As for the suggestion of speed bumps, crosswalks and enforcement, the road diet critics in Playa del Rey stood in for thousands of Angelenos who might think the same thing. To have Dan Mitchell respond and clarify why these would not work in this specific situation was useful in terms of educating listeners about what’s involved in road diet design.
Complaint: We did not do due diligence on claims of loss of business made by the anti-road diet folks, or the “hour” Karla Mendelson claimed was added to her husband’s commute since the road diet.
DnA: Again, in the interests of time, we could not air the entire conversation but we did question the business owners’ claims from a number of directions (among them: given the drop in Main Street retail in recent months, could that account for the drop in business?).
They offered us the opportunity to listen to voicemails and see their emails and we concluded that these business owners had no reason to spend time fighting against something that was not genuinely affecting them. As for Mendelson’s husband’s commute, the road diet clearly did its job in slowing down traffic. Why would road diet advocates question this proof of success?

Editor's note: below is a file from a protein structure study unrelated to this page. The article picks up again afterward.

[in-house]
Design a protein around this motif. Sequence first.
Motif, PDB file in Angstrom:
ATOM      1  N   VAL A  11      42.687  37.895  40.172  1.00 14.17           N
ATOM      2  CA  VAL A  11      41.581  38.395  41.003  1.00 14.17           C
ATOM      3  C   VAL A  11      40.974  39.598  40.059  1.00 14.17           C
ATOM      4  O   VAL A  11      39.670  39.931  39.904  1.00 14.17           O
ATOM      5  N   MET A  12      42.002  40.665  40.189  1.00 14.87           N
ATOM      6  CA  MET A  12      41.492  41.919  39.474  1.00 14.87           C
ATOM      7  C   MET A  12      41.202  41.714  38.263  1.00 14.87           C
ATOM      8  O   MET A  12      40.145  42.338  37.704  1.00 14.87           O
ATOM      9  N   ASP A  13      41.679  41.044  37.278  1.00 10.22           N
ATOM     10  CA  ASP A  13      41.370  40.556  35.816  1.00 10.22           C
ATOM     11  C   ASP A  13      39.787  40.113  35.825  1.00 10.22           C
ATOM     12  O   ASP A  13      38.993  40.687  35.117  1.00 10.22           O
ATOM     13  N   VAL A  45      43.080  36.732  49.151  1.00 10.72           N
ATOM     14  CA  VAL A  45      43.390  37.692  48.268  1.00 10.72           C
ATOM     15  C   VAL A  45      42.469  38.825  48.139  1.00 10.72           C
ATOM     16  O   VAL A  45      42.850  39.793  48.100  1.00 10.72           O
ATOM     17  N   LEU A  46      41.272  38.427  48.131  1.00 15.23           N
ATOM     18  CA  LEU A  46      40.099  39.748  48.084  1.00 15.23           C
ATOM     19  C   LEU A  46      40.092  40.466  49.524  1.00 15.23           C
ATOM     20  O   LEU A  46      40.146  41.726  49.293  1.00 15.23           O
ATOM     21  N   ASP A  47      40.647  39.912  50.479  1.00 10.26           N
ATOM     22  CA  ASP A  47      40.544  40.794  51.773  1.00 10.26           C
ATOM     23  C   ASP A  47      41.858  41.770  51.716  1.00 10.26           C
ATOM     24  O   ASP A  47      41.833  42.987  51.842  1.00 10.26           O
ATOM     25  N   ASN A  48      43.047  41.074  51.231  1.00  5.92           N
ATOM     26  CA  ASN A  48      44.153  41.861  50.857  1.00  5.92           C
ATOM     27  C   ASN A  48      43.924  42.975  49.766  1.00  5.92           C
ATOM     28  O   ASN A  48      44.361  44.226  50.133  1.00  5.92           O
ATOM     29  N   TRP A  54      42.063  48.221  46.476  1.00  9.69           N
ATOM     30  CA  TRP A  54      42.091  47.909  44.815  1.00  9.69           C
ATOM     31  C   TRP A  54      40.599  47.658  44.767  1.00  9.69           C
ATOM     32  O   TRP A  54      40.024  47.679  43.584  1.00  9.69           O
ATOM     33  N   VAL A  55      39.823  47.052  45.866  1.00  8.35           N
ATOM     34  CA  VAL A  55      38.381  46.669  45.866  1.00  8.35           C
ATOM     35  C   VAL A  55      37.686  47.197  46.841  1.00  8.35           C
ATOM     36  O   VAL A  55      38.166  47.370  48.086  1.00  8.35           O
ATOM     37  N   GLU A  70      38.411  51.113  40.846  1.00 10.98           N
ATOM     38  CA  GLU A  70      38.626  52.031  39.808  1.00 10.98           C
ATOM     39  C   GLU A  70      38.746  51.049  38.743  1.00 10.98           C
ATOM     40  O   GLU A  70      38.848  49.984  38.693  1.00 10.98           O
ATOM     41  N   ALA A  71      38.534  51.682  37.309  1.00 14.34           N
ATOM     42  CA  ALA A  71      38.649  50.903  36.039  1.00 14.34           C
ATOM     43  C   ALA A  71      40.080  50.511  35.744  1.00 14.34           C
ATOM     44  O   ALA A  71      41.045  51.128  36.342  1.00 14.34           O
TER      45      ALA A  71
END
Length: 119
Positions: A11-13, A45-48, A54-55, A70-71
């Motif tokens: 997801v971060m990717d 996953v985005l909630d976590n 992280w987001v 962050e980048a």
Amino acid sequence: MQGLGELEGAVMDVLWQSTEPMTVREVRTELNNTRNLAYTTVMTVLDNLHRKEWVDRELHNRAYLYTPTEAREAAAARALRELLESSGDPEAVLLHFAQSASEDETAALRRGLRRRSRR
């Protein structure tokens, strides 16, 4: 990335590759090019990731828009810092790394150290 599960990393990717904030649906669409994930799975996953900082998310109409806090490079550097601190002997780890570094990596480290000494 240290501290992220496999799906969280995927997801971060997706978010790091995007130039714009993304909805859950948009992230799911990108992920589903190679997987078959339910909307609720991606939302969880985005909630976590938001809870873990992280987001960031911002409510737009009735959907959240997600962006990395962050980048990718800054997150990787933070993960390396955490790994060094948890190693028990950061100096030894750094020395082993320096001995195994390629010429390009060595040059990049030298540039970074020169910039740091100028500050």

Conversely, Robin Perkins said the road diet was so successful that several of her employees were now cycling. We did not double-check with her employees if that was true. Nor did we check into the circumstances of Kimberly Hunnell’s road crash to see if it supported her claim that the road diet “saved her life.” We took that in good faith.
Complaint: Karla Mendelson doesn’t know what she’s talking about.
DnA: Karla Mendelson has clearly become a punching bag. She has been cited to us as a tool of the rich, and a know-nothing who shouldn’t be given airtime.